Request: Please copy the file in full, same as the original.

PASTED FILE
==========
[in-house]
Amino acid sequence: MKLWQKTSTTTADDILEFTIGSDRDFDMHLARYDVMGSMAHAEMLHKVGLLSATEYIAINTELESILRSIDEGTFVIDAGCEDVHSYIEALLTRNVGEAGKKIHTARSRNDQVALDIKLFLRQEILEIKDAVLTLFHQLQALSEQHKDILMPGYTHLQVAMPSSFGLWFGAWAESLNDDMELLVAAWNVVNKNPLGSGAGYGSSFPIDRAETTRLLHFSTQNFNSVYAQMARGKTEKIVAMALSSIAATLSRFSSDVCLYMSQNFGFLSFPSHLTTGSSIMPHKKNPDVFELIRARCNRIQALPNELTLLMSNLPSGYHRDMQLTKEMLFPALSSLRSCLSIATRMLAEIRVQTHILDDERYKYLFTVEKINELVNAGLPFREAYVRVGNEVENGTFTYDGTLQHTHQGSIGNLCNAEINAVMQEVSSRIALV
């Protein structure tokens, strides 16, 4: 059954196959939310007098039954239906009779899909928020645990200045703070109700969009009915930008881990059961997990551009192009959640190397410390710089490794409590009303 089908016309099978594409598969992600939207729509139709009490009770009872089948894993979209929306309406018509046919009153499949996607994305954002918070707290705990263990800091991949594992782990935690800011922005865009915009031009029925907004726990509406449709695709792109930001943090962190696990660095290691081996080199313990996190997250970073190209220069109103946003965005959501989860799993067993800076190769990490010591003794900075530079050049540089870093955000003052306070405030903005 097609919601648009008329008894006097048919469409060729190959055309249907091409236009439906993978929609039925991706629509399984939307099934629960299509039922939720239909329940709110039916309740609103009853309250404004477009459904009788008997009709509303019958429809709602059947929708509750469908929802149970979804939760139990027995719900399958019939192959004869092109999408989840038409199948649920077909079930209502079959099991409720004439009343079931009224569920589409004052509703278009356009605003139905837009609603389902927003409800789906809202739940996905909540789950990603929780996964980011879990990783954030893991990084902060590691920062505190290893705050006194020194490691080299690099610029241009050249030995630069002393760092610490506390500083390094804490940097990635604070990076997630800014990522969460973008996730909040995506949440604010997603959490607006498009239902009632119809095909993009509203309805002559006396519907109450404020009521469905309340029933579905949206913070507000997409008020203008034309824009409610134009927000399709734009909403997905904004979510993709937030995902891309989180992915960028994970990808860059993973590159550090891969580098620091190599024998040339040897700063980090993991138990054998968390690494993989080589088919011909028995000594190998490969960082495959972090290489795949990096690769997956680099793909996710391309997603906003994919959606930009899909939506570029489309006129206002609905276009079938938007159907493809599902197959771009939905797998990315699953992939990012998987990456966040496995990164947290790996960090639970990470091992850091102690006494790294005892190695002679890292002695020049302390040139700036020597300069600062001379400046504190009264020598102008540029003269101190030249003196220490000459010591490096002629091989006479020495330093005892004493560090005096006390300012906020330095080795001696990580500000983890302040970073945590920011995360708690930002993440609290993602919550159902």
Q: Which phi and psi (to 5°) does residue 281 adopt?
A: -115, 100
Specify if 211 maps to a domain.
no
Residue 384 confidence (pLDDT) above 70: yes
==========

[in-house]
Amino acid sequence: MKLWQKTSTTTADDILEFTIGSDRDFDMHLARYDVMGSMAHAEMLHKVGLLSATEYIAINTELESILRSIDEGTFVIDAGCEDVHSYIEALLTRNVGEAGKKIHTARSRNDQVALDIKLFLRQEILEIKDAVLTLFHQLQALSEQHKDILMPGYTHLQVAMPSSFGLWFGAWAESLNDDMELLVAAWNVVNKNPLGSGAGYGSSFPIDRAETTRLLHFSTQNFNSVYAQMARGKTEKIVAMALSSIAATLSRFSSDVCLYMSQNFGFLSFPSHLTTGSSIMPHKKNPDVFELIRARCNRIQALPNELTLLMSNLPSGYHRDMQLTKEMLFPALSSLRSCLSIATRMLAEIRVQTHILDDERYKYLFTVEKINELVNAGLPFREAYVRVGNEVENGTFTYDGTLQHTHQGSIGNLCNAEINAVMQEVSSRIALV
């Protein structure tokens, strides 16, 4: 059954196959939310007098039954239906009779899909928020645990200045703070109700969009009915930008881990059961997990551009192009959640190397410390710089490794409590009303 089908016309099978594409598969992600939207729509139709009490009770009872089948894993979209929306309406018509046919009153499949996607994305954002918070707290705990263990800091991949594992782990935690800011922005865009915009031009029925907004726990509406449709695709792109930001943090962190696990660095290691081996080199313990996190997250970073190209220069109103946003965005959501989860799993067993800076190769990490010591003794900075530079050049540089870093955000003052306070405030903005 097609919601648009008329008894006097048919469409060729190959055309249907091409236009439906993978929609039925991706629509399984939307099934629960299509039922939720239909329940709110039916309740609103009853309250404004477009459904009788008997009709509303019958429809709602059947929708509750469908929802149970979804939760139990027995719900399958019939192959004869092109999408989840038409199948649920077909079930209502079959099991409720004439009343079931009224569920589409004052509703278009356009605003139905837009609603389902927003409800789906809202739940996905909540789950990603929780996964980011879990990783954030893991990084902060590691920062505190290893705050006194020194490691080299690099610029241009050249030995630069002393760092610490506390500083390094804490940097990635604070990076997630800014990522969460973008996730909040995506949440604010997603959490607006498009239902009632119809095909993009509203309805002559006396519907109450404020009521469905309340029933579905949206913070507000997409008020203008034309824009409610134009927000399709734009909403997905904004979510993709937030995902891309989180992915960028994970990808860059993973590159550090891969580098620091190599024998040339040897700063980090993991138990054998968390690494993989080589088919011909028995000594190998490969960082495959972090290489795949990096690769997956680099793909996710391309997603906003994919959606930009899909939506570029489309006129206002609905276009079938938007159907493809599902197959771009939905797998990315699953992939990012998987990456966040496995990164947290790996960090639970990470091992850091102690006494790294005892190695002679890292002695020049302390040139700036020597300069600062001379400046504190009264020598102008540029003269101190030249003196220490000459010591490096002629091989006479020495330093005892004493560090005096006390300012906020330095080795001696990580500000983890302040970073945590920011995360708690930002993440609290993602919550159902």
Q: Which phi and psi (to 5°) does residue 281 adopt?
A: -115, 100
Specify if 211 maps to a domain.
no
Residue 384 confidence (pLDDT) above 70: yes